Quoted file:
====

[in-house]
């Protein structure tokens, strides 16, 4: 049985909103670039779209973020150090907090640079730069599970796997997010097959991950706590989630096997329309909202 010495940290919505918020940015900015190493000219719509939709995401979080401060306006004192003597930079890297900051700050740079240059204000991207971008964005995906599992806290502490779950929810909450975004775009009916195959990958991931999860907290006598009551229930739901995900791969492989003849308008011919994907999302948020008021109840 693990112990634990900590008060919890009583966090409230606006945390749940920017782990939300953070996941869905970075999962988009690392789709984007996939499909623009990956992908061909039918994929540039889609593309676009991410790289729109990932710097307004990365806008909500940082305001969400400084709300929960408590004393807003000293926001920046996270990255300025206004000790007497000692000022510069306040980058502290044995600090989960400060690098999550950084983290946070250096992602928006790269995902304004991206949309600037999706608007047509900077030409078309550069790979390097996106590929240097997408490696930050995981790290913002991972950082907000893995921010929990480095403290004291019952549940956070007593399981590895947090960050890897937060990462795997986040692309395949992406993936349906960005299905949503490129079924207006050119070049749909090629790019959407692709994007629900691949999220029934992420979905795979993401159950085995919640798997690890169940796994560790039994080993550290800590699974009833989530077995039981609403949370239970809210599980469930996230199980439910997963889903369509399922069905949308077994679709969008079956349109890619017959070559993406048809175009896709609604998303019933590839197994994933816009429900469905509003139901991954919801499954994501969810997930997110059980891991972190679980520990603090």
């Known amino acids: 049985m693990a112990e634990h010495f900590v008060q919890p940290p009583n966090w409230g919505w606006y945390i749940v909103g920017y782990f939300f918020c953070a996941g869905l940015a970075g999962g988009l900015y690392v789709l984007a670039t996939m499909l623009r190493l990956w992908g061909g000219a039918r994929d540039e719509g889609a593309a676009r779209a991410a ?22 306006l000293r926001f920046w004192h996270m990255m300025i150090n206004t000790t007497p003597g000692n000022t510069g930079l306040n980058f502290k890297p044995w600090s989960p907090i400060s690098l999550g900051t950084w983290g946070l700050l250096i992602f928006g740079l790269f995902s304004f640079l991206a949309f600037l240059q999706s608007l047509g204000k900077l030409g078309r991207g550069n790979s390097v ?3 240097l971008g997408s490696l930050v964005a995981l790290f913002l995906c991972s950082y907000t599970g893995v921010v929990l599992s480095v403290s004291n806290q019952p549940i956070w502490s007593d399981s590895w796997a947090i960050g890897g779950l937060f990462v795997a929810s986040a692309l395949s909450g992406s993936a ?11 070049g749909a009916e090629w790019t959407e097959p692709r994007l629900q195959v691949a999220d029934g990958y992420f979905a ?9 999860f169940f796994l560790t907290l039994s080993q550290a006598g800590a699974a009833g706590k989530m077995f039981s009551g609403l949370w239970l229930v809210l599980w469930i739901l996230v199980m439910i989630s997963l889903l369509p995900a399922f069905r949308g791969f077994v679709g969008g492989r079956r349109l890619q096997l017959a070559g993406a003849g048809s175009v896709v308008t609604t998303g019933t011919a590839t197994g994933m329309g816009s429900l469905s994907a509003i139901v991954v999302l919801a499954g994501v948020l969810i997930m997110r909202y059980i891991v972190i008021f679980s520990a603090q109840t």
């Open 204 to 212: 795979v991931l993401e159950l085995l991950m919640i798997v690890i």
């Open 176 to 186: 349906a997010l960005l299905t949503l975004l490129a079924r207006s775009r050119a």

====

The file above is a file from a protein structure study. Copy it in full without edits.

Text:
[in-house]
């Protein structure tokens, strides 16, 4: 049985909103670039779209973020150090907090640079730069599970796997997010097959991950706590989630096997329309909202 010495940290919505918020940015900015190493000219719509939709995401979080401060306006004192003597930079890297900051700050740079240059204000991207971008964005995906599992806290502490779950929810909450975004775009009916195959990958991931999860907290006598009551229930739901995900791969492989003849308008011919994907999302948020008021109840 693990112990634990900590008060919890009583966090409230606006945390749940920017782990939300953070996941869905970075999962988009690392789709984007996939499909623009990956992908061909039918994929540039889609593309676009991410790289729109990932710097307004990365806008909500940082305001969400400084709300929960408590004393807003000293926001920046996270990255300025206004000790007497000692000022510069306040980058502290044995600090989960400060690098999550950084983290946070250096992602928006790269995902304004991206949309600037999706608007047509900077030409078309550069790979390097996106590929240097997408490696930050995981790290913002991972950082907000893995921010929990480095403290004291019952549940956070007593399981590895947090960050890897937060990462795997986040692309395949992406993936349906960005299905949503490129079924207006050119070049749909090629790019959407692709994007629900691949999220029934992420979905795979993401159950085995919640798997690890169940796994560790039994080993550290800590699974009833989530077995039981609403949370239970809210599980469930996230199980439910997963889903369509399922069905949308077994679709969008079956349109890619017959070559993406048809175009896709609604998303019933590839197994994933816009429900469905509003139901991954919801499954994501969810997930997110059980891991972190679980520990603090």
């Known amino acids: 049985m693990a112990e634990h010495f900590v008060q919890p940290p009583n966090w409230g919505w606006y945390i749940v909103g920017y782990f939300f918020c953070a996941g869905l940015a970075g999962g988009l900015y690392v789709l984007a670039t996939m499909l623009r190493l990956w992908g061909g000219a039918r994929d540039e719509g889609a593309a676009r779209a991410a ?22 306006l000293r926001f920046w004192h996270m990255m300025i150090n206004t000790t007497p003597g000692n000022t510069g930079l306040n980058f502290k890297p044995w600090s989960p907090i400060s690098l999550g900051t950084w983290g946070l700050l250096i992602f928006g740079l790269f995902s304004f640079l991206a949309f600037l240059q999706s608007l047509g204000k900077l030409g078309r991207g550069n790979s390097v ?3 240097l971008g997408s490696l930050v964005a995981l790290f913002l995906c991972s950082y907000t599970g893995v921010v929990l599992s480095v403290s004291n806290q019952p549940i956070w502490s007593d399981s590895w796997a947090i960050g890897g779950l937060f990462v795997a929810s986040a692309l395949s909450g992406s993936a ?11 070049g749909a009916e090629w790019t959407e097959p692709r994007l629900q195959v691949a999220d029934g990958y992420f979905a ?9 999860f169940f796994l560790t907290l039994s080993q550290a006598g800590a699974a009833g706590k989530m077995f039981s009551g609403l949370w239970l229930v809210l599980w469930i739901l996230v199980m439910i989630s997963l889903l369509p995900a399922f069905r949308g791969f077994v679709g969008g492989r079956r349109l890619q096997l017959a070559g993406a003849g048809s175009v896709v308008t609604t998303g019933t011919a590839t197994g994933m329309g816009s429900l469905s994907a509003i139901v991954v999302l919801a499954g994501v948020l969810i997930m997110r909202y059980i891991v972190i008021f679980s520990a603090q109840t």
């Open 204 to 212: 795979v991931l993401e159950l085995l991950m919640i798997v690890i």
């Open 176 to 186: 349906a997010l960005l299905t949503l975004l490129a079924r207006s775009r050119a």